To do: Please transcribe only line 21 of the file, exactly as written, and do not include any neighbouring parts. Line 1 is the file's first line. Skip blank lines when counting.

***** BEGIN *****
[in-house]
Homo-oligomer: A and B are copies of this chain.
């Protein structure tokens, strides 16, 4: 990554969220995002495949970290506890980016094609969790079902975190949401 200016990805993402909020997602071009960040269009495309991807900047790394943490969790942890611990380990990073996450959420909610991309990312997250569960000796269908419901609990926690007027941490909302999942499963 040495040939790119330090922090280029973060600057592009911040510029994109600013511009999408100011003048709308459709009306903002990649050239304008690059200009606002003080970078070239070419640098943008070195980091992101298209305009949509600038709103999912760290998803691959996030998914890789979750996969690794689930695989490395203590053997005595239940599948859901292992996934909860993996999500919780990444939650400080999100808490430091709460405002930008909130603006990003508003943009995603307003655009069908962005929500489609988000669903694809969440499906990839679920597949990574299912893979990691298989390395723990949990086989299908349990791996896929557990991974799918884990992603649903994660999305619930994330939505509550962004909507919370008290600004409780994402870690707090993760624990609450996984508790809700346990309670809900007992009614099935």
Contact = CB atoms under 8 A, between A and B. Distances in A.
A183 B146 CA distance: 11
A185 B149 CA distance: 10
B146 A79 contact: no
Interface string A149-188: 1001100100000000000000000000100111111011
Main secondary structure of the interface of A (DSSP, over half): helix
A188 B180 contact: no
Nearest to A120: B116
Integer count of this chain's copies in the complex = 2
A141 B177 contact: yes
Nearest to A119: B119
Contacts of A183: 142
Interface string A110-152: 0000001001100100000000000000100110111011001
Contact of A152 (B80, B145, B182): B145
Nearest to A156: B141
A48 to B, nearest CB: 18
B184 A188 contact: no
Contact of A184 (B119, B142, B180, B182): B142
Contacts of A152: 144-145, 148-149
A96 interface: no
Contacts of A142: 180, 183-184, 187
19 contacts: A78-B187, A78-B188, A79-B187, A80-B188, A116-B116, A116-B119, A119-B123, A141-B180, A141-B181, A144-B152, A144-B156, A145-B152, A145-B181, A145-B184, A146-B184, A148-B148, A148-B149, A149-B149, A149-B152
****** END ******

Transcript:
Contact of A184 (B119, B142, B180, B182): B142